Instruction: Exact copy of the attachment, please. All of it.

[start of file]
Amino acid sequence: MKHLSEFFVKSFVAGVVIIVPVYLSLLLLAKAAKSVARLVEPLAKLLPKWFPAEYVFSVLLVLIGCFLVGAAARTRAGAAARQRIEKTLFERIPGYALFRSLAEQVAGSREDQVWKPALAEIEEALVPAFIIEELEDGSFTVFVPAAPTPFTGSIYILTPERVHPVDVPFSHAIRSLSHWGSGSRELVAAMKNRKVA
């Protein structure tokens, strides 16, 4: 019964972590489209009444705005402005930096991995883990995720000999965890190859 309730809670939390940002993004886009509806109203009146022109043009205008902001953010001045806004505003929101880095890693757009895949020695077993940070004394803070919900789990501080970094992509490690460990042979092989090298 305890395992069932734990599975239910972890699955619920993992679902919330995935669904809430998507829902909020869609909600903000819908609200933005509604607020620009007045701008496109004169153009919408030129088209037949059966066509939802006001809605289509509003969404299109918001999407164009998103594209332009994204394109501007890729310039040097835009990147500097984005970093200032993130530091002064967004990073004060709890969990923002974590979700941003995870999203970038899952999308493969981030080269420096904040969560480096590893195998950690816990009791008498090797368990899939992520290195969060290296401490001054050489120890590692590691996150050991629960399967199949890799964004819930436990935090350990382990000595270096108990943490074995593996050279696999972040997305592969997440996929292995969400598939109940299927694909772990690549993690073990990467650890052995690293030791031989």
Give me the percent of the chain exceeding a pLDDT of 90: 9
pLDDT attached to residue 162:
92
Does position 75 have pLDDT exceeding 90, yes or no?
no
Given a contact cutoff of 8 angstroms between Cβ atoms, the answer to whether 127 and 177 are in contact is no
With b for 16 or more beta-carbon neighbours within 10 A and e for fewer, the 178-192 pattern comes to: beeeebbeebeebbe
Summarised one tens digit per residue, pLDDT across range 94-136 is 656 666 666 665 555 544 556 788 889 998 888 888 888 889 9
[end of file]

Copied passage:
Amino acid sequence: MKHLSEFFVKSFVAGVVIIVPVYLSLLLLAKAAKSVARLVEPLAKLLPKWFPAEYVFSVLLVLIGCFLVGAAARTRAGAAARQRIEKTLFERIPGYALFRSLAEQVAGSREDQVWKPALAEIEEALVPAFIIEELEDGSFTVFVPAAPTPFTGSIYILTPERVHPVDVPFSHAIRSLSHWGSGSRELVAAMKNRKVA
């Protein structure tokens, strides 16, 4: 019964972590489209009444705005402005930096991995883990995720000999965890190859 309730809670939390940002993004886009509806109203009146022109043009205008902001953010001045806004505003929101880095890693757009895949020695077993940070004394803070919900789990501080970094992509490690460990042979092989090298 305890395992069932734990599975239910972890699955619920993992679902919330995935669904809430998507829902909020869609909600903000819908609200933005509604607020620009007045701008496109004169153009919408030129088209037949059966066509939802006001809605289509509003969404299109918001999407164009998103594209332009994204394109501007890729310039040097835009990147500097984005970093200032993130530091002064967004990073004060709890969990923002974590979700941003995870999203970038899952999308493969981030080269420096904040969560480096590893195998950690816990009791008498090797368990899939992520290195969060290296401490001054050489120890590692590691996150050991629960399967199949890799964004819930436990935090350990382990000595270096108990943490074995593996050279696999972040997305592969997440996929292995969400598939109940299927694909772990690549993690073990990467650890052995690293030791031989």
Give me the percent of the chain exceeding a pLDDT of 90: 9
pLDDT attached to residue 162:
92
Does position 75 have pLDDT exceeding 90, yes or no?
no
Given a contact cutoff of 8 angstroms between Cβ atoms, the answer to whether 127 and 177 are in contact is no
With b for 16 or more beta-carbon neighbours within 10 A and e for fewer, the 178-192 pattern comes to: beeeebbeebeebbe
Summarised one tens digit per residue, pLDDT across range 94-136 is 656 666 666 665 555 544 556 788 889 998 888 888 888 889 9